Purpose. Although policy makers have put a lot of effort in the promotion of older workers’ labour force participation, quantitative empirical knowledge about employers’ views towards extension of working lives is limited. The aim of this study is to improve our understanding of employers’ attitudes and actions towards extension of working lives, by examining recruitment and retention behaviour towards older workers, employers’ views on consequences of an ageing workforce, organisational policies, and what governments can do to extend working lives.
Design/methodology/approach. We analyse surveys administered to employers in Denmark, France, Germany, Italy, The Netherlands, Poland, Sweden and the United Kingdom in 2009.
Findings. A minority of employers have applied measures to recruit or retain older workers and employers rather retain than hire older workers. A considerable share of employers, though in different degrees in different European countries, associate the ageing of their staff with a growing gap between labour costs and productivity. Employers expecting a larger gap do not apply more organisational measures to either increase productivity or adjust the cost-productivity balance. Employers may think the cost-productivity issue is partly an issue for governments to solve; employers expecting a larger cost-productivity gap consider wage subsidies to be an effective measure to extend working lives.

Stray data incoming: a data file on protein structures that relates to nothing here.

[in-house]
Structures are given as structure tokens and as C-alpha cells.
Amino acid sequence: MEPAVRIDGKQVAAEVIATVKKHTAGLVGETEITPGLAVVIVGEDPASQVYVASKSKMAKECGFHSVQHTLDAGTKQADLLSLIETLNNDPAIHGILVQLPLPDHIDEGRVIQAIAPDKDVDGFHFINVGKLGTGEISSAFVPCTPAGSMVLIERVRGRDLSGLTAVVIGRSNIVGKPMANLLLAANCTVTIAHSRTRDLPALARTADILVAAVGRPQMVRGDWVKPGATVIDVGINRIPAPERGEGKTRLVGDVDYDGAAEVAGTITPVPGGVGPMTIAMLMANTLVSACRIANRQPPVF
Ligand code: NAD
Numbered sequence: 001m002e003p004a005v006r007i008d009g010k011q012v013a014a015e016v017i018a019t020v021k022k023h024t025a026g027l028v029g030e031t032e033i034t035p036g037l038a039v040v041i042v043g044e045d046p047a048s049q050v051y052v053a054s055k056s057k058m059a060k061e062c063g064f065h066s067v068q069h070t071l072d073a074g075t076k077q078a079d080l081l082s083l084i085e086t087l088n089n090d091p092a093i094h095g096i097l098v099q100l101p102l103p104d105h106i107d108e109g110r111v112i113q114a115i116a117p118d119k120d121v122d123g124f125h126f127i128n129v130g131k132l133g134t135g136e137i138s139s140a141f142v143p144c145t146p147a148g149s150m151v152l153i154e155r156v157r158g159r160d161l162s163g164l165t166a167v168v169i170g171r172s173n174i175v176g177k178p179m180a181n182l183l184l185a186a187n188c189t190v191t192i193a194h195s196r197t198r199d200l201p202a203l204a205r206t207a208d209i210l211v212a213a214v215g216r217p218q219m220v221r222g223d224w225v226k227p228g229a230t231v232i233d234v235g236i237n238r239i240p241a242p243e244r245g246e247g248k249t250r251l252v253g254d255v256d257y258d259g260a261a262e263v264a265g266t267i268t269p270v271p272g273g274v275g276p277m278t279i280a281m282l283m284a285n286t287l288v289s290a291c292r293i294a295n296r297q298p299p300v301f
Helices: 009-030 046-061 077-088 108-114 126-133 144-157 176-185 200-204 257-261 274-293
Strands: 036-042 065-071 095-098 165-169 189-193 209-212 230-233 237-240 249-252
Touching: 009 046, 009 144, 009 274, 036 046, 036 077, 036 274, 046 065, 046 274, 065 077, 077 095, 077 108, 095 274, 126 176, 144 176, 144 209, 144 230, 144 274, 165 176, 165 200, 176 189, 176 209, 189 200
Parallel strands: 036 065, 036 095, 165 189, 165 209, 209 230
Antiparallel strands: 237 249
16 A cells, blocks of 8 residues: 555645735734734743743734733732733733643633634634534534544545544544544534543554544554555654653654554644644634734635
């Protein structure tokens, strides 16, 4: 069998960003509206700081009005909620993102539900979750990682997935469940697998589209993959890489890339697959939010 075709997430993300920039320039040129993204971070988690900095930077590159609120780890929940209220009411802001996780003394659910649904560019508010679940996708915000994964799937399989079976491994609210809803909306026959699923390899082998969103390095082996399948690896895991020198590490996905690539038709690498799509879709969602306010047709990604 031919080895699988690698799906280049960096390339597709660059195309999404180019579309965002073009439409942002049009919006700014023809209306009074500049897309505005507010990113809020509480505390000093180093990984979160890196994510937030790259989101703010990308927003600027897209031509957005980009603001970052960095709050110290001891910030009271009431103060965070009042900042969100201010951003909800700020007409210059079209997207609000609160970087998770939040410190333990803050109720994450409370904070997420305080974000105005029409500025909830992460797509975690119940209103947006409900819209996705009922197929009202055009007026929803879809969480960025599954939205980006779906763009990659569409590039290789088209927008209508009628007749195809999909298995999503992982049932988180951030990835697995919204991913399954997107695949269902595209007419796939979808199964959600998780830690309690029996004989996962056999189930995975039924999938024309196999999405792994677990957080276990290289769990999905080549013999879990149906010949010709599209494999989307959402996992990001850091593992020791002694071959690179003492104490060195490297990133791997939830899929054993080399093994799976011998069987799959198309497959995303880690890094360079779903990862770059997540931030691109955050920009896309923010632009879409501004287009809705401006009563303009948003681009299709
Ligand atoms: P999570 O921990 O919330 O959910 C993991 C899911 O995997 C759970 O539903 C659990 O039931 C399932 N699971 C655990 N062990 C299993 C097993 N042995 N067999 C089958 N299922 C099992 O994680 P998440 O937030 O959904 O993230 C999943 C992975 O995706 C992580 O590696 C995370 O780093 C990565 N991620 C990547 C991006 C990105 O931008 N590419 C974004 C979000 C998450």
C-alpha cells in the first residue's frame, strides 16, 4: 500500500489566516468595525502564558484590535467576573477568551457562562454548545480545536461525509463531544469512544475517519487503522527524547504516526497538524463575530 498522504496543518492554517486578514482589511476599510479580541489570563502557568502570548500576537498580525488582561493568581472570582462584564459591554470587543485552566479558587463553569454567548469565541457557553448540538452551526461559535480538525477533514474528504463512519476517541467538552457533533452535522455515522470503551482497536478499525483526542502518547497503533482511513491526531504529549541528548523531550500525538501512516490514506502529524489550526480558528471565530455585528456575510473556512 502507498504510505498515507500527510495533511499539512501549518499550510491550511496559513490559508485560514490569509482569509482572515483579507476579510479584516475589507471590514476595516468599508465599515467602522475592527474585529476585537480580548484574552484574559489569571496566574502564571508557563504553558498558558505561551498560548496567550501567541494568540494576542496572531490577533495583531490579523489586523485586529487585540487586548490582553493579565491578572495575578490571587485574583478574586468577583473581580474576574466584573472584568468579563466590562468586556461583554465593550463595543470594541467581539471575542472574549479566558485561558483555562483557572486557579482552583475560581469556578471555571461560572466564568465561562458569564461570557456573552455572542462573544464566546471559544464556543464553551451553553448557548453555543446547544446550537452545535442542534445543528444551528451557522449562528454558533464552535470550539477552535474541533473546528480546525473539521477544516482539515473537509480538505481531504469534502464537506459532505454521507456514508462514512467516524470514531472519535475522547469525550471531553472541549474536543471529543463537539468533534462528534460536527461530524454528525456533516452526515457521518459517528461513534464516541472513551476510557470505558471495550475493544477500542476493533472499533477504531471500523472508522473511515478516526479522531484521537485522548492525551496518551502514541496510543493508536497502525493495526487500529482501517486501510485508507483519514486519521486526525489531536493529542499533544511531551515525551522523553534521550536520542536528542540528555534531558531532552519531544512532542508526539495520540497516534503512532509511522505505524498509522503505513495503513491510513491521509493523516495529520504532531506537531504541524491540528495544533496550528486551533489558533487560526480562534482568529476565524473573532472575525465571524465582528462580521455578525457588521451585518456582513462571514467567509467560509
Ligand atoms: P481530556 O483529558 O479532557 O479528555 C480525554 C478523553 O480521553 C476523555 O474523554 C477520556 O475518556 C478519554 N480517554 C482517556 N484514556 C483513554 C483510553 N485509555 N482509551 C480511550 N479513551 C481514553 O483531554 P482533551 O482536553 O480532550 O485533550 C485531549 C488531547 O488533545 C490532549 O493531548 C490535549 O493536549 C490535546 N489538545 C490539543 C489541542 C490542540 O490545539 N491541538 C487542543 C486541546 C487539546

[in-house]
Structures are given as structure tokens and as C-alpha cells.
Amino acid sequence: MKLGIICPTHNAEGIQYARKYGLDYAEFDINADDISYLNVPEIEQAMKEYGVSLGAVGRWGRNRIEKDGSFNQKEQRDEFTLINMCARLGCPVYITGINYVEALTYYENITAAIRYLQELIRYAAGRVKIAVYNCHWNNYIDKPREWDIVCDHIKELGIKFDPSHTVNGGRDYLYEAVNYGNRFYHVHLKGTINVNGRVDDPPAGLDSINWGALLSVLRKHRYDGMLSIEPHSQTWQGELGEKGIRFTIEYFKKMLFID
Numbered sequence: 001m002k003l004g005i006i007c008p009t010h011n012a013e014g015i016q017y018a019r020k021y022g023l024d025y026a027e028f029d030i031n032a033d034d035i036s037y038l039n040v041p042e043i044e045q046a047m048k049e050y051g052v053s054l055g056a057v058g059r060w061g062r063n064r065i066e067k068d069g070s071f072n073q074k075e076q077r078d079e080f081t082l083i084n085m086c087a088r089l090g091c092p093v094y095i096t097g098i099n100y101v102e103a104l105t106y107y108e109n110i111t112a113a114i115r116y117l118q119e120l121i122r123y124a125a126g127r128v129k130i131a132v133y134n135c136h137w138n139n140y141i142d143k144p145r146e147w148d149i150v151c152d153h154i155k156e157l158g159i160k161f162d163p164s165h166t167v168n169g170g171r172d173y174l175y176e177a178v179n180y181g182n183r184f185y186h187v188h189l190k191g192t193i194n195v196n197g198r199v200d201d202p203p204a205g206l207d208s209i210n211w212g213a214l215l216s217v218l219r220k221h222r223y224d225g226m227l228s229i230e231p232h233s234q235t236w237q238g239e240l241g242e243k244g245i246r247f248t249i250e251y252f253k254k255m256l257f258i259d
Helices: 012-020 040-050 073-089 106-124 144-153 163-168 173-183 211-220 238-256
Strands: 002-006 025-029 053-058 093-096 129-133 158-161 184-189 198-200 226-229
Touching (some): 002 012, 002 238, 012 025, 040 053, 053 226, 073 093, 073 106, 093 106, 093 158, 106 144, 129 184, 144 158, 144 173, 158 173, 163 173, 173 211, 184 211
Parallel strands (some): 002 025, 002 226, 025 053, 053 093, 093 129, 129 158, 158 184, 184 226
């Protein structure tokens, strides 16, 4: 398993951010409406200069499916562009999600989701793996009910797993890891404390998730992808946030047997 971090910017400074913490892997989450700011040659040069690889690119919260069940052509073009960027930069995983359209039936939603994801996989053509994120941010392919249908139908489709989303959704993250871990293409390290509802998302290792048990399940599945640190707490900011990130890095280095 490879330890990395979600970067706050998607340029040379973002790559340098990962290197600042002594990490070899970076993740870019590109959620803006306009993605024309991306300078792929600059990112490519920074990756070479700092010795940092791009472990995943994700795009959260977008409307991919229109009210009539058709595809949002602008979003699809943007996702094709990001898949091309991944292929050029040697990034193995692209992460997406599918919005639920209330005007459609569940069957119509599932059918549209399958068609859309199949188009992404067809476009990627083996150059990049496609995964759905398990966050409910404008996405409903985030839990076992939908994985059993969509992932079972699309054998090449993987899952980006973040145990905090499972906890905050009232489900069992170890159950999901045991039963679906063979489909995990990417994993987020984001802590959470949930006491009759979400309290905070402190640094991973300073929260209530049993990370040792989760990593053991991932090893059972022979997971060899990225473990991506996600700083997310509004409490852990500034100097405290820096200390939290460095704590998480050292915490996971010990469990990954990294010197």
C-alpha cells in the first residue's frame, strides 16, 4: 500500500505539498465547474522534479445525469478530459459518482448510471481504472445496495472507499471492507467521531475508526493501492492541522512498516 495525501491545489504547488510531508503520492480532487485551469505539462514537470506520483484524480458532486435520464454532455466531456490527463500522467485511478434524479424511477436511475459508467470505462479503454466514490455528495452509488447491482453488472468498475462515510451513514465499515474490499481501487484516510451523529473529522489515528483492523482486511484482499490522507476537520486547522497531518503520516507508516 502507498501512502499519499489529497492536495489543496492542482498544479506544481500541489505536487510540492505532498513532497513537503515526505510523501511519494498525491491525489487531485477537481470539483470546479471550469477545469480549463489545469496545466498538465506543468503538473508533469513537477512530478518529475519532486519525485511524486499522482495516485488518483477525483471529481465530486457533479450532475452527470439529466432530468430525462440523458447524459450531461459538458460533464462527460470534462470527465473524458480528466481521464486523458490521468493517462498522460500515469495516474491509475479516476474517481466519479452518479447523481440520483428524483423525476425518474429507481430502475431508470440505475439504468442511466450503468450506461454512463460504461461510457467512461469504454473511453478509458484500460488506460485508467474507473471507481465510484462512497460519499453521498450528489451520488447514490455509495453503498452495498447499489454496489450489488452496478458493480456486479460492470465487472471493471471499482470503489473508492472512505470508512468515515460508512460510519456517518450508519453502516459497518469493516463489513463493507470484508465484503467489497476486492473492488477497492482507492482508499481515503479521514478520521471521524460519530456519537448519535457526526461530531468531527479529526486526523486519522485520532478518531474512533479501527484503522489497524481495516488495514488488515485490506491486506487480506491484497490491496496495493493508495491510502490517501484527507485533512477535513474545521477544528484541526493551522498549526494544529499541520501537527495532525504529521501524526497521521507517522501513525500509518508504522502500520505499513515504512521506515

Originality/value. The paper addresses the employers’ perspective; a perspective that is often neglected as compared to attitudes and behaviour of older workers themselves and research on institutional arrangements. Furthermore, the paper is among the first to report on employers’ policies and practices in a cross-national perspective.
Keywords: Older workers; extending working life;employers;organisational policies; governmental policies